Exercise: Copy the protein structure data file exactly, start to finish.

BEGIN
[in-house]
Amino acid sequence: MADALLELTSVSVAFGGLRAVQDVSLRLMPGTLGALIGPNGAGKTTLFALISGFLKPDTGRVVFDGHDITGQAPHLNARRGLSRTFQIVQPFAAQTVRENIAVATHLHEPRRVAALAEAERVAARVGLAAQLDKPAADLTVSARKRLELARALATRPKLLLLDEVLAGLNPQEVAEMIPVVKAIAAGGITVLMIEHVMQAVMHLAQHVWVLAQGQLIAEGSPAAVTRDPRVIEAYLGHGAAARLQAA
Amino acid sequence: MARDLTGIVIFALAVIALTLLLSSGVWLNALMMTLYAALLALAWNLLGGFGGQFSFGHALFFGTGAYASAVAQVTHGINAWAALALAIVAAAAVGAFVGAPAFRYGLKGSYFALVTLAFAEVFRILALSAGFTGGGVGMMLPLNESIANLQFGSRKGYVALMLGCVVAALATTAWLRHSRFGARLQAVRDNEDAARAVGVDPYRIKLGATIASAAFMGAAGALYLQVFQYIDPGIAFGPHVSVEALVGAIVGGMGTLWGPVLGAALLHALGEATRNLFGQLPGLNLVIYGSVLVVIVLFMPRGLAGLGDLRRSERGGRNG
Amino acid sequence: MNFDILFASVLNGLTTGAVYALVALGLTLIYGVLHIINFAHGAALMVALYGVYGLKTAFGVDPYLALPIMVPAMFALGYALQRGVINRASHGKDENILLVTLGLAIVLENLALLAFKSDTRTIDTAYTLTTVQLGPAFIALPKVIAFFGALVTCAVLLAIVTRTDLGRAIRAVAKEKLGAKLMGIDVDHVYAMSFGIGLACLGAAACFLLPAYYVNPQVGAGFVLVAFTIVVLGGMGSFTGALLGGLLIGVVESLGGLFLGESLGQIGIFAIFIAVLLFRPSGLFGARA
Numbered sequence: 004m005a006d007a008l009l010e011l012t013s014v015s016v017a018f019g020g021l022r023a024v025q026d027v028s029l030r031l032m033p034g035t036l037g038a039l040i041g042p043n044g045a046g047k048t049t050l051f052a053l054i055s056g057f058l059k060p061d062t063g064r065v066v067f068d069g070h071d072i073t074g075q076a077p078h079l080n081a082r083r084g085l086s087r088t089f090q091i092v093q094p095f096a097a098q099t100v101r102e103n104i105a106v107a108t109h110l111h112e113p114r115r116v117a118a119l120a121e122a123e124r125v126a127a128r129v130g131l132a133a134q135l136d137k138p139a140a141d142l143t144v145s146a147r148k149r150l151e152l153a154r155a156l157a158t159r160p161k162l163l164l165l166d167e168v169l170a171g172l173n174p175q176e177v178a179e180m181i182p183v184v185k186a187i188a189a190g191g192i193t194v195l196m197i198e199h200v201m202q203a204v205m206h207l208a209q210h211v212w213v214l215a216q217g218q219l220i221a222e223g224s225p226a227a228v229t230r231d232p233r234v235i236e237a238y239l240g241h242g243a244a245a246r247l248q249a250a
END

[in-house]
Amino acid sequence: MADALLELTSVSVAFGGLRAVQDVSLRLMPGTLGALIGPNGAGKTTLFALISGFLKPDTGRVVFDGHDITGQAPHLNARRGLSRTFQIVQPFAAQTVRENIAVATHLHEPRRVAALAEAERVAARVGLAAQLDKPAADLTVSARKRLELARALATRPKLLLLDEVLAGLNPQEVAEMIPVVKAIAAGGITVLMIEHVMQAVMHLAQHVWVLAQGQLIAEGSPAAVTRDPRVIEAYLGHGAAARLQAA
Amino acid sequence: MARDLTGIVIFALAVIALTLLLSSGVWLNALMMTLYAALLALAWNLLGGFGGQFSFGHALFFGTGAYASAVAQVTHGINAWAALALAIVAAAAVGAFVGAPAFRYGLKGSYFALVTLAFAEVFRILALSAGFTGGGVGMMLPLNESIANLQFGSRKGYVALMLGCVVAALATTAWLRHSRFGARLQAVRDNEDAARAVGVDPYRIKLGATIASAAFMGAAGALYLQVFQYIDPGIAFGPHVSVEALVGAIVGGMGTLWGPVLGAALLHALGEATRNLFGQLPGLNLVIYGSVLVVIVLFMPRGLAGLGDLRRSERGGRNG
Amino acid sequence: MNFDILFASVLNGLTTGAVYALVALGLTLIYGVLHIINFAHGAALMVALYGVYGLKTAFGVDPYLALPIMVPAMFALGYALQRGVINRASHGKDENILLVTLGLAIVLENLALLAFKSDTRTIDTAYTLTTVQLGPAFIALPKVIAFFGALVTCAVLLAIVTRTDLGRAIRAVAKEKLGAKLMGIDVDHVYAMSFGIGLACLGAAACFLLPAYYVNPQVGAGFVLVAFTIVVLGGMGSFTGALLGGLLIGVVESLGGLFLGESLGQIGIFAIFIAVLLFRPSGLFGARA
Numbered sequence: 004m005a006d007a008l009l010e011l012t013s014v015s016v017a018f019g020g021l022r023a024v025q026d027v028s029l030r031l032m033p034g035t036l037g038a039l040i041g042p043n044g045a046g047k048t049t050l051f052a053l054i055s056g057f058l059k060p061d062t063g064r065v066v067f068d069g070h071d072i073t074g075q076a077p078h079l080n081a082r083r084g085l086s087r088t089f090q091i092v093q094p095f096a097a098q099t100v101r102e103n104i105a106v107a108t109h110l111h112e113p114r115r116v117a118a119l120a121e122a123e124r125v126a127a128r129v130g131l132a133a134q135l136d137k138p139a140a141d142l143t144v145s146a147r148k149r150l151e152l153a154r155a156l157a158t159r160p161k162l163l164l165l166d167e168v169l170a171g172l173n174p175q176e177v178a179e180m181i182p183v184v185k186a187i188a189a190g191g192i193t194v195l196m197i198e199h200v201m202q203a204v205m206h207l208a209q210h211v212w213v214l215a216q217g218q219l220i221a222e223g224s225p226a227a228v229t230r231d232p233r234v235i236e237a238y239l240g241h242g243a244a245a246r247l248q249a250a